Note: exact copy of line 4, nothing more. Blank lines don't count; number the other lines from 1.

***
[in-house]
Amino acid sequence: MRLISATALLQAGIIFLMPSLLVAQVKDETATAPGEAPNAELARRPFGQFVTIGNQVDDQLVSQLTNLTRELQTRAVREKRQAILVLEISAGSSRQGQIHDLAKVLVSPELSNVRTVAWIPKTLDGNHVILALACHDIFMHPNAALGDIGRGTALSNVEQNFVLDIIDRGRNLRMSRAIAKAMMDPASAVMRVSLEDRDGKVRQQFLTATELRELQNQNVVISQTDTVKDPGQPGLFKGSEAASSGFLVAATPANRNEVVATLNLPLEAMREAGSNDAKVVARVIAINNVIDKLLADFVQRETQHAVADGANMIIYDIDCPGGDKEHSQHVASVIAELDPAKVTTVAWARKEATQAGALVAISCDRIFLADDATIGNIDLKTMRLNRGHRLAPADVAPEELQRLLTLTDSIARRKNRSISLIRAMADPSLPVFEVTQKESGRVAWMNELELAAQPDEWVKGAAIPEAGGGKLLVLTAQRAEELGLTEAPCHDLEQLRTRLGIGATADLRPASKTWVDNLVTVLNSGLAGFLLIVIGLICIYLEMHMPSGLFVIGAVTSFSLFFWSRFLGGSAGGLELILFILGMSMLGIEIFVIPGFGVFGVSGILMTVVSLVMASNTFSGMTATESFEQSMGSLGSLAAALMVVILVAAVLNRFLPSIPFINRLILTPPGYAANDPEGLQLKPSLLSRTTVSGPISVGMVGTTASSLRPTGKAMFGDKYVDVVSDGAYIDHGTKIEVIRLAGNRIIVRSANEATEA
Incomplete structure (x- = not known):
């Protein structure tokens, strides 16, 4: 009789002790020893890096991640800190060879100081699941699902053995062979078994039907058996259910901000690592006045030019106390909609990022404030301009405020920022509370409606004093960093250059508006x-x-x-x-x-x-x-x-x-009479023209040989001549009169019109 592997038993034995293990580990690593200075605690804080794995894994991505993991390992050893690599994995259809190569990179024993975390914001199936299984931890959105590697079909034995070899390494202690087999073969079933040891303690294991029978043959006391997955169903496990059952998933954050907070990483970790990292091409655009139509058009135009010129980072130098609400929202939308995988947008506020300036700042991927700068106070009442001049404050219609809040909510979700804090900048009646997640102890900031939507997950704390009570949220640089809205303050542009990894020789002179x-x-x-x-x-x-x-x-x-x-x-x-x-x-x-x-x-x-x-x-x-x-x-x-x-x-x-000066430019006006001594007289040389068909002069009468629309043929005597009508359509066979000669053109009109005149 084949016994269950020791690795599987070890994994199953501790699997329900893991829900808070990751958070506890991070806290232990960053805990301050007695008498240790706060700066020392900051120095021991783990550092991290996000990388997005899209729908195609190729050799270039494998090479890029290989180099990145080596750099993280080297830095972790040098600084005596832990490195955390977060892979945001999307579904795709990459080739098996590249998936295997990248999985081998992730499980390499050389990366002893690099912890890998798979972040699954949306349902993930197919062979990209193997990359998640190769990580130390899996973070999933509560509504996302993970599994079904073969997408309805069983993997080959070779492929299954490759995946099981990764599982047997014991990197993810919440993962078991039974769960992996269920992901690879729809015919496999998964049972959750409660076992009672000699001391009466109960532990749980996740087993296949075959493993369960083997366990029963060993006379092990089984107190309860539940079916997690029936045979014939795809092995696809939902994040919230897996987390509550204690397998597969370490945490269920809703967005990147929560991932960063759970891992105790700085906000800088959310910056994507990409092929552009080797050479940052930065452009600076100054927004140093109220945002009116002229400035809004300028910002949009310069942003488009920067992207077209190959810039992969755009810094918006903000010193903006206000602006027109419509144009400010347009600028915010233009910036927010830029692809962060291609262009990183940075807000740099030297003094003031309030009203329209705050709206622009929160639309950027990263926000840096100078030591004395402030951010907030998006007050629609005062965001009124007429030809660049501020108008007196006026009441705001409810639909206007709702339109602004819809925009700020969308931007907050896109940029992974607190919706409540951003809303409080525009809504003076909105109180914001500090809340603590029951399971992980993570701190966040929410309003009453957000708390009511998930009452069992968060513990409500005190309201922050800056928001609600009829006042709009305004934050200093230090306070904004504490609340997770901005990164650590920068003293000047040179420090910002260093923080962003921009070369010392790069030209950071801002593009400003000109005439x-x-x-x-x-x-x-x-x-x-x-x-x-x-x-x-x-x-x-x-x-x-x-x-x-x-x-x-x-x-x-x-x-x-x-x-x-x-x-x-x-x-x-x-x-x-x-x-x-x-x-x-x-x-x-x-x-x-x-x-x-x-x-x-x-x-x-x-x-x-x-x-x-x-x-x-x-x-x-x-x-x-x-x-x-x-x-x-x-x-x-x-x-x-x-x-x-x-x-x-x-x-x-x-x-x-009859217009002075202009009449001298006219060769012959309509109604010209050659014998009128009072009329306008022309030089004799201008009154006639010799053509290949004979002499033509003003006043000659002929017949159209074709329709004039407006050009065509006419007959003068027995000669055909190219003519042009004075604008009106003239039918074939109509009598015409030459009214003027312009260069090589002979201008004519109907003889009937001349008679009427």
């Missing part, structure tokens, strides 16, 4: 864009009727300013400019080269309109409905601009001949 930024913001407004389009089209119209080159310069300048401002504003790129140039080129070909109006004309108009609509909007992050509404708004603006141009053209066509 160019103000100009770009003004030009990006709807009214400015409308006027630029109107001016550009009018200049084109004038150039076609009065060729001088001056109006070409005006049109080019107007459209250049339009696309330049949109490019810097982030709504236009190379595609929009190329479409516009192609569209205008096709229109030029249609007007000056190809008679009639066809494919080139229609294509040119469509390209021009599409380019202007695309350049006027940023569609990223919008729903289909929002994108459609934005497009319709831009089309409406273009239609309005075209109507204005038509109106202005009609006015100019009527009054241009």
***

């Protein structure tokens, strides 16, 4: 009789002790020893890096991640800190060879100081699941699902053995062979078994039907058996259910901000690592006045030019106390909609990022404030301009405020920022509370409606004093960093250059508006x-x-x-x-x-x-x-x-x-009479023209040989001549009169019109 592997038993034995293990580990690593200075605690804080794995894994991505993991390992050893690599994995259809190569990179024993975390914001199936299984931890959105590697079909034995070899390494202690087999073969079933040891303690294991029978043959006391997955169903496990059952998933954050907070990483970790990292091409655009139509058009135009010129980072130098609400929202939308995988947008506020300036700042991927700068106070009442001049404050219609809040909510979700804090900048009646997640102890900031939507997950704390009570949220640089809205303050542009990894020789002179x-x-x-x-x-x-x-x-x-x-x-x-x-x-x-x-x-x-x-x-x-x-x-x-x-x-x-000066430019006006001594007289040389068909002069009468629309043929005597009508359509066979000669053109009109005149 084949016994269950020791690795599987070890994994199953501790699997329900893991829900808070990751958070506890991070806290232990960053805990301050007695008498240790706060700066020392900051120095021991783990550092991290996000990388997005899209729908195609190729050799270039494998090479890029290989180099990145080596750099993280080297830095972790040098600084005596832990490195955390977060892979945001999307579904795709990459080739098996590249998936295997990248999985081998992730499980390499050389990366002893690099912890890998798979972040699954949306349902993930197919062979990209193997990359998640190769990580130390899996973070999933509560509504996302993970599994079904073969997408309805069983993997080959070779492929299954490759995946099981990764599982047997014991990197993810919440993962078991039974769960992996269920992901690879729809015919496999998964049972959750409660076992009672000699001391009466109960532990749980996740087993296949075959493993369960083997366990029963060993006379092990089984107190309860539940079916997690029936045979014939795809092995696809939902994040919230897996987390509550204690397998597969370490945490269920809703967005990147929560991932960063759970891992105790700085906000800088959310910056994507990409092929552009080797050479940052930065452009600076100054927004140093109220945002009116002229400035809004300028910002949009310069942003488009920067992207077209190959810039992969755009810094918006903000010193903006206000602006027109419509144009400010347009600028915010233009910036927010830029692809962060291609262009990183940075807000740099030297003094003031309030009203329209705050709206622009929160639309950027990263926000840096100078030591004395402030951010907030998006007050629609005062965001009124007429030809660049501020108008007196006026009441705001409810639909206007709702339109602004819809925009700020969308931007907050896109940029992974607190919706409540951003809303409080525009809504003076909105109180914001500090809340603590029951399971992980993570701190966040929410309003009453957000708390009511998930009452069992968060513990409500005190309201922050800056928001609600009829006042709009305004934050200093230090306070904004504490609340997770901005990164650590920068003293000047040179420090910002260093923080962003921009070369010392790069030209950071801002593009400003000109005439x-x-x-x-x-x-x-x-x-x-x-x-x-x-x-x-x-x-x-x-x-x-x-x-x-x-x-x-x-x-x-x-x-x-x-x-x-x-x-x-x-x-x-x-x-x-x-x-x-x-x-x-x-x-x-x-x-x-x-x-x-x-x-x-x-x-x-x-x-x-x-x-x-x-x-x-x-x-x-x-x-x-x-x-x-x-x-x-x-x-x-x-x-x-x-x-x-x-x-x-x-x-x-x-x-x-009859217009002075202009009449001298006219060769012959309509109604010209050659014998009128009072009329306008022309030089004799201008009154006639010799053509290949004979002499033509003003006043000659002929017949159209074709329709004039407006050009065509006419007959003068027995000669055909190219003519042009004075604008009106003239039918074939109509009598015409030459009214003027312009260069090589002979201008004519109907003889009937001349008679009427």